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JPMorgan Faces Increased Legal Threat Following 'London Whale' Scandal, Experts Say

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JPMORGAN SCANDAL
In this June 13, 2012 file photo, JPMorgan Chase CEO Jamie Dimon, head of the largest bank in the United States, testifies on Capitol Hill in Washington, before the Senate Banking Committee about how his company recently lost more than $2 billion on risky trades. Throughout 2012, banks faced scrutiny as drama ensued. JPMorgan Chase lost $6 billion in a complex series of trades. (AP Photo/J. Scott Applewhite, File) | AP

Before Thursday, the fallout from JPMorgan Chase's $6.2 billion losses from the "London Whale" trade seemed limited to a scuffed reputation and some uncertain future legal liability. A scathing Senate report about the trade has changed this calculus, with the nation's largest bank and its chief executives now possibly to be cast as defendants in lawsuits and against enforcement actions by regulators, legal scholars said.

"There seems to be plausible reason to believe that investors were misled," said Arthur Wilmarth, a banking law professor at The George Washington University.

Wilmarth and other legal scholars reached by HuffPost on Friday declined to make firm predictions about what might happen, but said investigations and fines, and possibly a large monetary settlement, seemed possible based on compelling evidence presented in the report that CEO Jamie Dimon and others withheld damaging information from investors and the public. Securities law requires publicly traded companies to disclose information that could "materially" change the stock price. Though the specifics are different, the conduct described in the report is similar to that that has led to regulators taking legal action in the past.

Barring a major change in approach by the Justice Department, a criminal prosecution is highly unlikely, the experts told HuffPost. Criminal cases require a higher burden of proof to convict -- meaning that they are harder to win -- and Attorney General Eric Holder recently suggested the agency's approach stems from a belief that some banks are too big to prosecute.

That leaves civil cases, in which penalties are measured in fines instead of jail sentences, as the most likely option. The most likely agency to bring such a case is the Securities and Exchange Commission, the federal agency set up to protect investors.

In contrast to the DOJ, the SEC has brought a slew of financial crisis-related lawsuits in recent years. How a London Whale case might shape up is unclear, but the type of misconduct described in the 300-page report invites comparison to cases accusing Goldman Sachs of betting against mortgage products even as the bank was peddling those same investments to clients, and accusing Citigroup for misleading investors about the harm bad investments were causing the bank's balance sheet.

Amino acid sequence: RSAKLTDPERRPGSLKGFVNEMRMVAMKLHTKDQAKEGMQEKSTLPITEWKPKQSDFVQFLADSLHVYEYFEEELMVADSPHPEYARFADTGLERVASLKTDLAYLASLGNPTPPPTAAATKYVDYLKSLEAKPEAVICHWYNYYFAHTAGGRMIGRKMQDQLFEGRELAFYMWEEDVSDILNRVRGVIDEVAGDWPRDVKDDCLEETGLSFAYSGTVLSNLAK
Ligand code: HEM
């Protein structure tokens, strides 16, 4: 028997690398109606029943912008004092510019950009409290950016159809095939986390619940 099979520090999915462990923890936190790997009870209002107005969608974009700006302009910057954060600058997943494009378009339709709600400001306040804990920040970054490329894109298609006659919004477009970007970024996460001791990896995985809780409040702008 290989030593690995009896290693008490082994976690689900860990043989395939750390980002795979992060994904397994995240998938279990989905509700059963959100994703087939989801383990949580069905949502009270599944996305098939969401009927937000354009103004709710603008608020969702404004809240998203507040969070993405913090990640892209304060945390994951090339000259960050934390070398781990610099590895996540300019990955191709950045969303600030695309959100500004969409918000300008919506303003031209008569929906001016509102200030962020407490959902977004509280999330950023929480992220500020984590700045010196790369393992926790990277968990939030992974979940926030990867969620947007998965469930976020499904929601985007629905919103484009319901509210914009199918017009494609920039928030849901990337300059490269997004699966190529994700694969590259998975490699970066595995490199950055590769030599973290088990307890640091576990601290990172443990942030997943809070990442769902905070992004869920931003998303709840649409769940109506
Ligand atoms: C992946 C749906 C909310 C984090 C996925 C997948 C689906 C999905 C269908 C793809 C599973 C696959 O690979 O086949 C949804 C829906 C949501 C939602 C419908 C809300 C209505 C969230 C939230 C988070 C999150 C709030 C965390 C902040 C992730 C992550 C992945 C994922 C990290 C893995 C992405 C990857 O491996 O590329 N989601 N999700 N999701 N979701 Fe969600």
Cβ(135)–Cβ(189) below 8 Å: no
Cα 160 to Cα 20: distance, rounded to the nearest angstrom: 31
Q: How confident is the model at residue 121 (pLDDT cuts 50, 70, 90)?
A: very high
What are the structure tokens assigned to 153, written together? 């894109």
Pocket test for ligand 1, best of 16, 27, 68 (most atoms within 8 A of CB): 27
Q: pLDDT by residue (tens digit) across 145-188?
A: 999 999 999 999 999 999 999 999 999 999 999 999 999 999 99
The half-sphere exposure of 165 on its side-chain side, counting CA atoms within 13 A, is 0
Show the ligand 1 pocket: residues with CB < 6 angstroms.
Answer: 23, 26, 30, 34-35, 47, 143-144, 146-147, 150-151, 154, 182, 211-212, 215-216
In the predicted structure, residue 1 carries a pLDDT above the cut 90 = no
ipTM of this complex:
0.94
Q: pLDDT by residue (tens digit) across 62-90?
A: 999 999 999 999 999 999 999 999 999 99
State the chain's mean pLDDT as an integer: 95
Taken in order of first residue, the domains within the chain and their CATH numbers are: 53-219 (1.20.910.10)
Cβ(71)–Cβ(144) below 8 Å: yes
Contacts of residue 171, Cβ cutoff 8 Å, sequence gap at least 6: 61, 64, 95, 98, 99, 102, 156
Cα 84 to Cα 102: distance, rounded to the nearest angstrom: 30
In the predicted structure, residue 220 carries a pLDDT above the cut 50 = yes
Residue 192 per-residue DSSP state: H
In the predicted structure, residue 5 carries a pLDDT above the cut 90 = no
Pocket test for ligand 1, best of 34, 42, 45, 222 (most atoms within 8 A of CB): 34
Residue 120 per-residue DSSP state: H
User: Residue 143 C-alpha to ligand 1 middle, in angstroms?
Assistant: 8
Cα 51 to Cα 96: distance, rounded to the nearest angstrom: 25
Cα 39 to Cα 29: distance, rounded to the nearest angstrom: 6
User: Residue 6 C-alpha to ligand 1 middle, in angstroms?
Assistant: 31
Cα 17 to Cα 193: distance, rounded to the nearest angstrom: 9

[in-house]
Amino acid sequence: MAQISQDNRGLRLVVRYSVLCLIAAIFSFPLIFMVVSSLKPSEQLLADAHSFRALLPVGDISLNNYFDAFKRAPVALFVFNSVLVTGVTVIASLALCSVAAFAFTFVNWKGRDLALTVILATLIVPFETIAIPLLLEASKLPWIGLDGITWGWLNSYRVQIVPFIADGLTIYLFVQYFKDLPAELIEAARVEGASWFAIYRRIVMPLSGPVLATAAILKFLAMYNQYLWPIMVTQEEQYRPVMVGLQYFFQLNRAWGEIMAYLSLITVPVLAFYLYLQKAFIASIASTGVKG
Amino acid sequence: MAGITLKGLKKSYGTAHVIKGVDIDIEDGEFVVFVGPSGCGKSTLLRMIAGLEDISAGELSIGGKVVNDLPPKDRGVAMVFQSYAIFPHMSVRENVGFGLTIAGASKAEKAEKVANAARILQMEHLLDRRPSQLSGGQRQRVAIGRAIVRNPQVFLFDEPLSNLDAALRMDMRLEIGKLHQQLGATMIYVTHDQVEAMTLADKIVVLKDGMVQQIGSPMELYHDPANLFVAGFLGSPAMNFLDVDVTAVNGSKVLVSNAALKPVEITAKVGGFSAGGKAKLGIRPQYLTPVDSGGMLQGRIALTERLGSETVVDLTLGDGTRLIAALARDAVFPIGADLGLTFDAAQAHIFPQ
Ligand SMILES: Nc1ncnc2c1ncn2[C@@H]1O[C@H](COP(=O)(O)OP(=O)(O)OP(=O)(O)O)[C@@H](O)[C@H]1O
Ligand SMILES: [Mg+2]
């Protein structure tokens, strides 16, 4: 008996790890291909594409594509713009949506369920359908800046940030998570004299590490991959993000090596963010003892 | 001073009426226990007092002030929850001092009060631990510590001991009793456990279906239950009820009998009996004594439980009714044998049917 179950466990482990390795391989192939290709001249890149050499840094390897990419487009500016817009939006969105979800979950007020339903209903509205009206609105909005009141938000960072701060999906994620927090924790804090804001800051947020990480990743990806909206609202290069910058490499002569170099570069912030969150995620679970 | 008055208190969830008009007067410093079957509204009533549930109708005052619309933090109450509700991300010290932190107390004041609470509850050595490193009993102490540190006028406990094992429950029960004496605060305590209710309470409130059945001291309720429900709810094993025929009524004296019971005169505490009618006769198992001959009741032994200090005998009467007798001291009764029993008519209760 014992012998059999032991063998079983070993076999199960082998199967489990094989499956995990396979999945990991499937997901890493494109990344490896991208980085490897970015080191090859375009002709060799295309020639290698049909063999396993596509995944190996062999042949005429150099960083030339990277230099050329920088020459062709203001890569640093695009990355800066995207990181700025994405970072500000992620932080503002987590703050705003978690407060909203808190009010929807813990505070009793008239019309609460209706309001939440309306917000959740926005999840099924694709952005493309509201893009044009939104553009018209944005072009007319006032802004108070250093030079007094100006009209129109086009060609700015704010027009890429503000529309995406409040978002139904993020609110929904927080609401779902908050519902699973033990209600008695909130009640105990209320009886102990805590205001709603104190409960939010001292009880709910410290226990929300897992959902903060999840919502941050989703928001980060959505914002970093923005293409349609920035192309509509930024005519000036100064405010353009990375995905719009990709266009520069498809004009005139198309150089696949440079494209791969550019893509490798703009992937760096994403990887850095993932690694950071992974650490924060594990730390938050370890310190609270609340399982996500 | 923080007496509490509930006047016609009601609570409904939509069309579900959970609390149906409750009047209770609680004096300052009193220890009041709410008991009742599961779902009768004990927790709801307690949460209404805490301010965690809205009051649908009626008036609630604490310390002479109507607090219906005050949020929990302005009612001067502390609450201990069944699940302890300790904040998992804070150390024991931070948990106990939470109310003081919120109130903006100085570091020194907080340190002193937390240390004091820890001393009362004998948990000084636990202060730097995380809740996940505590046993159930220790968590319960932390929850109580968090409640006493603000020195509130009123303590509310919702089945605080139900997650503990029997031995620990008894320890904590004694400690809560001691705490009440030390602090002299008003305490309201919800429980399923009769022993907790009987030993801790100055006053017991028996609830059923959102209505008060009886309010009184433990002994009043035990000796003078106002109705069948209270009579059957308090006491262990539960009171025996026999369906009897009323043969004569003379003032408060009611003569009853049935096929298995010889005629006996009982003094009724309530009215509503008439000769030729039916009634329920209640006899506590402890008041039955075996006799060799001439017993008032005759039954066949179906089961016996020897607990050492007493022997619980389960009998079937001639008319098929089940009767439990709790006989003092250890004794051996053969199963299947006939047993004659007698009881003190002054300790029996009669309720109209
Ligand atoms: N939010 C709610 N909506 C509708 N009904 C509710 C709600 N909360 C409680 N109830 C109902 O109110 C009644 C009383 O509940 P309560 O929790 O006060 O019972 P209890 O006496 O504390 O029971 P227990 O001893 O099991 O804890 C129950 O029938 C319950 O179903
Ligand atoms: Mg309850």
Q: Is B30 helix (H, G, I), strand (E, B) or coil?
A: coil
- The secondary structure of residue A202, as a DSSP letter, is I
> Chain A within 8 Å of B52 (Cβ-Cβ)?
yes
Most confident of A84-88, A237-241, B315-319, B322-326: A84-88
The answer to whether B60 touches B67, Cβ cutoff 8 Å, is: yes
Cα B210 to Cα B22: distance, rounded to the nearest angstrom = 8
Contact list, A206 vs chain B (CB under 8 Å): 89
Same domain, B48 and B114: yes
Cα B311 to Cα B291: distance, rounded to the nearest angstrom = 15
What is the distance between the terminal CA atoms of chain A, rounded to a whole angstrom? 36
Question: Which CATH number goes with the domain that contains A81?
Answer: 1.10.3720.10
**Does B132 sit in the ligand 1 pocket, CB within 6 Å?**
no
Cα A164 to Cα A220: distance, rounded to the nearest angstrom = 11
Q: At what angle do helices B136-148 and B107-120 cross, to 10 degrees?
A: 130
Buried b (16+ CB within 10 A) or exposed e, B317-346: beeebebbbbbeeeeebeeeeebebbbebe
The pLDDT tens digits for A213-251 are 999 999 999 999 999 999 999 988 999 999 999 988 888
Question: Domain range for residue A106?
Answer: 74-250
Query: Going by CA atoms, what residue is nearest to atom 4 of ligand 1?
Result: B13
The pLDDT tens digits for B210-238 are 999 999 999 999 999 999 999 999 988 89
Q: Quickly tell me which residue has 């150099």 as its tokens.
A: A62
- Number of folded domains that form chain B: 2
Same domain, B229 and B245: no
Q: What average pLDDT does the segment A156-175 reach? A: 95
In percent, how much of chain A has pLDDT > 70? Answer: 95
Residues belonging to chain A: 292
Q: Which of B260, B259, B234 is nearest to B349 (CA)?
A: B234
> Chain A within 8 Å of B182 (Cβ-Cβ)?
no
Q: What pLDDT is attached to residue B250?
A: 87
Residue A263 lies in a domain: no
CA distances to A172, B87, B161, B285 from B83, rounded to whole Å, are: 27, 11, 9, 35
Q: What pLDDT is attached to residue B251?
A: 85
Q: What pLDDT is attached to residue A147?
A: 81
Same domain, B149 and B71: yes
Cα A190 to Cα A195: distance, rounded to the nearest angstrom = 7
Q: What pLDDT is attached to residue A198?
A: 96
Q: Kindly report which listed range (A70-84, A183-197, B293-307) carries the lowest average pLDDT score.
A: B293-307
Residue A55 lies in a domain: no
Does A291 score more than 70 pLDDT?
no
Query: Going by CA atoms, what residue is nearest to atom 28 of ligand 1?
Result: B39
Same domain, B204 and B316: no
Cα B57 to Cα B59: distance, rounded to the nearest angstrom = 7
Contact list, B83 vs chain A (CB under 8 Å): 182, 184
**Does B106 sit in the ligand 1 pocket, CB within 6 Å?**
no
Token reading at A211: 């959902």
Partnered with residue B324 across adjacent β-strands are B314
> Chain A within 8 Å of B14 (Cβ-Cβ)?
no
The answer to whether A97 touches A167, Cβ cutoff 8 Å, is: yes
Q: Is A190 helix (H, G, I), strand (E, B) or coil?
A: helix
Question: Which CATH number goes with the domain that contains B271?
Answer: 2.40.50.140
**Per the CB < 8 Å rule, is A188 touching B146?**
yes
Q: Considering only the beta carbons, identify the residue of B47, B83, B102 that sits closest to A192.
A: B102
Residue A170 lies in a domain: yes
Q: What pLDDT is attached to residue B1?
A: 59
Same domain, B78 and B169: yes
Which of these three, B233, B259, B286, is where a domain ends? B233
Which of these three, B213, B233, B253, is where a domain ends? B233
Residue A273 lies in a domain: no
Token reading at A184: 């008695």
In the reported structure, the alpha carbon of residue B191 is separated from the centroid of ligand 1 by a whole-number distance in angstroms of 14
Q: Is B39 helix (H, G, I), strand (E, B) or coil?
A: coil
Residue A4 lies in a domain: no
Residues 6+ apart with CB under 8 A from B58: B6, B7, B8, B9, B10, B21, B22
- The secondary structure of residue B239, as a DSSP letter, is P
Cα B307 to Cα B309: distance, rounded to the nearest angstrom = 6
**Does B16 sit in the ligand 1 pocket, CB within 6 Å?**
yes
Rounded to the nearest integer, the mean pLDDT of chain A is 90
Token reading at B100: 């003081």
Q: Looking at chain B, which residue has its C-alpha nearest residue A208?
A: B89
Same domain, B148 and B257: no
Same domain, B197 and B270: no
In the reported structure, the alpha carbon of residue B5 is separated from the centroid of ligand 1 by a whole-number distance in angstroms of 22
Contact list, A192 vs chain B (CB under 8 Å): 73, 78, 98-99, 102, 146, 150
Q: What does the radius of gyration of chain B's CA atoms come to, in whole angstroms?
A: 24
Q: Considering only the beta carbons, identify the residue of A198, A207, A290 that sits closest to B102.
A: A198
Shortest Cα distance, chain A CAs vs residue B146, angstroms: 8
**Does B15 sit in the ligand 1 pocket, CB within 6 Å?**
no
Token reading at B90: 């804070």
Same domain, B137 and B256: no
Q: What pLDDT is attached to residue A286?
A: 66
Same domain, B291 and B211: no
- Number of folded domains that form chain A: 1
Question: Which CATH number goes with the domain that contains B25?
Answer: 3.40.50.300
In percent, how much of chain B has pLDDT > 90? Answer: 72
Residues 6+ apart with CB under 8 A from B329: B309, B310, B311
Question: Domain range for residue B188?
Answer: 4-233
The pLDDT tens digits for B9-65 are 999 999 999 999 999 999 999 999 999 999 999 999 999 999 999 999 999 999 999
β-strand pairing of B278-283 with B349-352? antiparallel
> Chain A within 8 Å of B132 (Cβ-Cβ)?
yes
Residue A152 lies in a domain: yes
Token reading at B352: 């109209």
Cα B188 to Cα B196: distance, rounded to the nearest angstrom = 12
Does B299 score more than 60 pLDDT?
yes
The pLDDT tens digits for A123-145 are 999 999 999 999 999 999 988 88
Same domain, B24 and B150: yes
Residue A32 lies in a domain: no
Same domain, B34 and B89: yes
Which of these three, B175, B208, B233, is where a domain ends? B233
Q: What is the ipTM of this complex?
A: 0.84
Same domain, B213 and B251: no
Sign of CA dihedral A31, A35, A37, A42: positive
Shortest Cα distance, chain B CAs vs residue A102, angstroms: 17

JPMorgan is also the target of one of these types of cases stemming from the actions of traders at Bear Stearns, the investment bank it acquired in 2008. That case was brought last fall by the New York attorney general, and includes snippets of internal emails in which traders used crude language to describe what it was selling. One bond was a "sack of shit," a trader said.

The Senate report, which preceded a long, uncomfortable hearing on Friday featuring some of the same executives singled out as having deceived investors and regulators, includes similarly inflammatory language. JPMorgan traders reportedly called regulators from the Office of the Comptroller of the Currency "stupid," and others fretted in an email that "we are going to crash."

The report also includes evidence that senior-most executives, including Dimon, approved a change to how the bank calculated risk.

During Friday's hearing. Sen. Carl Levin (D-Mich.) said that the bank "changed pricing practices after losses piled up."

Sen. John McCain (R-Ariz.) said at the outset of the hearing that the London Whale trade was not the action of "rogue traders" and said that "superiors were well aware of their activities."

This type of evidence led the SEC to directly target Dimon and other top bankers, though the SEC has mostly avoided charging senior bank executives in financial crisis-related cases. With former bank lawyer Mary Jo White all but certain to take the reigns as the next commissioner, legal scholars said they are interested to see if the dynamic has changed. White is a respected former federal prosecutor, but spent the past decade defending banks and large companies, including JPMorgan.

"This is a test case for Mary Jo White," Wilmarth said.

Given her history with the bank, though, it is possible that she might recuse herself from any investigation.

Whatever happens, one certainty is that JPMorgan will fight hard against any legal charges, said Saule Omarova, a banking law professor at the University of North Carolina, and a former Treasury official. Omarova said that the financial industry has used the complexity of the financial markets as a shield against their complicity in any failed trade. That the Whale case involves something called a synthetic credit derivative underscores this point, she said.

"We made a bad business decision," she said, adopting the typical defense in one of these cases.

Another factor that makes these cases difficult for the government to win is the disparity of firepower between federal agencies and the financial industry, legal scholars said. The latter can afford to hire huge teams of experienced and talented lawyers that know how to raise just the kinds of doubts that can scuttle cases. Lawyers, in fact, just like Mary Jo White.

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